Of dialect, food and celebration
A: Are you a malayali?
B: No, I am not one.
A: But, you had mentioned earlier that you are from Kerala (puzzled) ?
B: Yes, I was born in Kerala, hence I am a Keralite, not a malayali though!
As simple as that.
A: So what’s your mother tongue?
B: (Now that’s quite a puzzle to crack) I do not know which one to pick, Tamil/Malayalam? I am not sure if I could coin the lingua talayalam here(conjugation of Tamil+Malayalam). Hence I give them the easy way out, have you watched the run-away hit in Tamil, Kamal Hassan starrer Michael Madhana Kama Rajan of the 1990’s? You know, Kamal Hassan who plays the role of Kameswaran in the movie speaks a certain dialect of Tamil(+Malayalam), we speak that language at home.
A: Oh yes, now I get it!
Ever been through one of these conversations before? Does this ring a bell in your minds as well? Welcome to the world of Palakkad Iyers!
The Palakkad Iyer Bashaai is a classic blend of tamil, malayalam and sanskrit. Movies like Michael Madhana Kama Rajan and Nala Damayanthi have done their bit in popularising this dialect. Personally, having had a mix of both regions, Madras and Kerala, I can converse both in Tamil and Malayalam, fairly ok, with Tamil having the upper hand as I have spent more number of years in Madras. If you are still a full-time resident of Kerala and have no connection with Tamil Nadu except for a few distant relatives who may be around, then the Tamil(+Malayalam) you are likely to hear would have a world of difference. It may be beyond comprehension for the native speakers of Tamil and Malayalam. Eg, When a Tamilian listens to this (new)dialect, he/she would think it’s malayalam, and vice versa. One cannot possibly determine the percentage of Tamil and Malayalam present in this Palakkad Iyer Bashai as it depends on where you have been living; am sure language, accent, and dialect is formed and developed, based on this premise.
Palakkad Iyers have gained popularity over the years through various mediums, hence it is easy to quote this name when someone asks what language you speak or where you are from. In reality, I may have no close connection to Palakkad, perhaps my ancestors did, this is the case with invariably every such family. Every family may be able to trace some remote route back to Palakkad, while their native places may be else where. I could take my case for instance, born in Kottayam(south-central district in Kerala), brought up in Madras for 14 years, and then went back to Kerala(Ernakulam district) for 6 years, currently in Madras since 2004. So where’s the Palakkad connection here? Well, there is one, but I don’t know the reason behind it, quite honestly. Our family is connected to a temple aka kaavu (in Palakkad Iyer Bashai) in Palakkad. Every family is associated with an adimai kaavu (better translated as family temple) which they worship.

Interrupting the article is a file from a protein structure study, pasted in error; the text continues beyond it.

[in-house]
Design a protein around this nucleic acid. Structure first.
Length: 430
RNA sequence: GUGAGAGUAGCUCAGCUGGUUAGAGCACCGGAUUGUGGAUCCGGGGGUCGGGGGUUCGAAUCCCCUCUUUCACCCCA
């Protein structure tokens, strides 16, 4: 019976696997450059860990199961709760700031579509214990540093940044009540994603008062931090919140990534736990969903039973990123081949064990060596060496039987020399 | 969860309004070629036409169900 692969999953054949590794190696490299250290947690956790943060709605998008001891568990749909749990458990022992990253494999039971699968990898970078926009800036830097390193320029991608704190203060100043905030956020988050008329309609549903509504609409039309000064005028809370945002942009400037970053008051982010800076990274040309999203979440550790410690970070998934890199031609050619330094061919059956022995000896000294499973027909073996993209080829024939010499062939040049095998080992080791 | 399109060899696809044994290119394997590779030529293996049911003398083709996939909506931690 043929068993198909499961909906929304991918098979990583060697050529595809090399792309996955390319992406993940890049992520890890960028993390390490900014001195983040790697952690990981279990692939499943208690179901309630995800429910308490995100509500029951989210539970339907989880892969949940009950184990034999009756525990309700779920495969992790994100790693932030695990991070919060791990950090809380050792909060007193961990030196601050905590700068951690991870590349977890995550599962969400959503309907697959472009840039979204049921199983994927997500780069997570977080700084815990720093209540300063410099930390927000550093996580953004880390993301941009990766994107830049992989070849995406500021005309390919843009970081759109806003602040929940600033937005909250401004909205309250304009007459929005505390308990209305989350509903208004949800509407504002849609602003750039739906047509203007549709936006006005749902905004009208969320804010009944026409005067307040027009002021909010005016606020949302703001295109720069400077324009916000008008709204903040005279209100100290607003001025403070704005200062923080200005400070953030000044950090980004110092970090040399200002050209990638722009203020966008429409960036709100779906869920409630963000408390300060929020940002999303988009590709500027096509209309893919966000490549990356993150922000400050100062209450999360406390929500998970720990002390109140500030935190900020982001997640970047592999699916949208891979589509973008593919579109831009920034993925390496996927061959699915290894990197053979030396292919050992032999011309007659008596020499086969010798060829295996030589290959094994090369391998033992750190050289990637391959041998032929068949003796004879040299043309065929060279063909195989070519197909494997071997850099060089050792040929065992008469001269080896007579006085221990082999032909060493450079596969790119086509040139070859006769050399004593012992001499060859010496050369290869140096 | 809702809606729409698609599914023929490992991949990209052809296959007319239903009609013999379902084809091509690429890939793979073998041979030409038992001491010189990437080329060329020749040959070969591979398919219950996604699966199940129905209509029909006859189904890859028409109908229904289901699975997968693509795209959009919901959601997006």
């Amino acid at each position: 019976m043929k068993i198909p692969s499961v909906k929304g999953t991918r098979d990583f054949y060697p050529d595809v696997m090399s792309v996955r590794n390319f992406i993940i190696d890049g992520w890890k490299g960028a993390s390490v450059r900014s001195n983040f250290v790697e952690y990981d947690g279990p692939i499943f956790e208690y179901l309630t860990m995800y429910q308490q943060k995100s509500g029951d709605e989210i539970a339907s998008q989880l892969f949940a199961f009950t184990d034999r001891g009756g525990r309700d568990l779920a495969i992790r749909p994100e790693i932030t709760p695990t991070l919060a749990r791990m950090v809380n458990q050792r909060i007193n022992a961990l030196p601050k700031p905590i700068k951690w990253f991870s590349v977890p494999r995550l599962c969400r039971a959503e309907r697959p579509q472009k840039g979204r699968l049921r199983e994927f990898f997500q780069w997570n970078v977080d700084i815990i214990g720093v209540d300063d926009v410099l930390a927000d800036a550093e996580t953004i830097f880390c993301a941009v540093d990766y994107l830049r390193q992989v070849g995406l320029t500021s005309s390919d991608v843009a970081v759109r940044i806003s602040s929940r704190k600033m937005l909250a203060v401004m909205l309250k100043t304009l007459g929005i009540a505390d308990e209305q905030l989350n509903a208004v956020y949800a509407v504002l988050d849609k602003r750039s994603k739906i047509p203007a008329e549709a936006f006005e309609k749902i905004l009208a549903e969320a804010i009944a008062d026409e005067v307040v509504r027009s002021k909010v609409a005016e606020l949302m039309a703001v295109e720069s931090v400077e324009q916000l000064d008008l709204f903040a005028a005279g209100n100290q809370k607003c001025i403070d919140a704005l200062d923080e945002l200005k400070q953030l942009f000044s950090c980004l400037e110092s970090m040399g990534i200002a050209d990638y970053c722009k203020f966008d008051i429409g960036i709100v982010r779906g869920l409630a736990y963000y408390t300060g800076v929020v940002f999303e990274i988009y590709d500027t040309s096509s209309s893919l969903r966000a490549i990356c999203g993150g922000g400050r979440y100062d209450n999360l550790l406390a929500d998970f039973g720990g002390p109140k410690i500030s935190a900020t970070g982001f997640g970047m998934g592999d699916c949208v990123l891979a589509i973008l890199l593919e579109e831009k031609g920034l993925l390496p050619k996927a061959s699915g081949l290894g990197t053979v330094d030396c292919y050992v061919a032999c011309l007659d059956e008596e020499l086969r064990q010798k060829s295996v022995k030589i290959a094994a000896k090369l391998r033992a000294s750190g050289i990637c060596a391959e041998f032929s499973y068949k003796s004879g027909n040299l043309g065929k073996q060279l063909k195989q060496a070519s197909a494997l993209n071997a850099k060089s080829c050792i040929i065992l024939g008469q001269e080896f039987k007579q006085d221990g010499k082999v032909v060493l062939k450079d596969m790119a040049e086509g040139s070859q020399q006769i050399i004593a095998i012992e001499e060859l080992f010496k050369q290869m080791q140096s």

The lingua franca followed is just as interesting! There are numerous terms used that only a fellow community member may be able to relate with. Most of the words are spoken with an extra “ssh” or “cha” sound in stead of the “sa” sound. Eg., the words sollu(speak), sappadu(food) , samayal(cooking), saadham(rice) in tamil become chollu, chappadu,chamayal and chaadham in the Palakkad Iyer Bashai to mention a few, and not to forget the famous“Ae Naan Palkkad Iyer aakum (Hey I am a Palkkad Iyer) !” I could go on with a lengthy list, longer than Kameswaran’s provisions list in Micheal Madhana Kama Rajan!
Food is unique too as is the case with various lingusitic communties in India. Signature dishes include, molagootal (made of dhaal, coconut, dry red chillies, cumin seeds and vegetables), molagooshiyam (made of vegetables and pepper as spice), porichakozhambu( made of tamarind, vegetables, coconut and dry red chillies), verumarishi adai (a pan dosa made of exclusive rice and coconut), et al. However , variants of exclusive Tamilian and Malayali cuisine are equally relished; so you would also find a sambar or an aviyal being part of the Palakkad Iyer kitchen.
When it comes to festivals, we have the likes of both the Tamil and Malayali festivals celebrated with equal fervour; right from Pongal, Vishu, Krishna Jayanthi, Ganesh Chathurthi, Onam, Navarathri, Deepavali to Karthigai Deepam, we have a list of celebrations, year round!
A lot of reason and uniqueness to feel proud of, the Palakkad Iyer community is thus a cultural and lingusitc mix of the two states- Tamil Nadu & Kerala.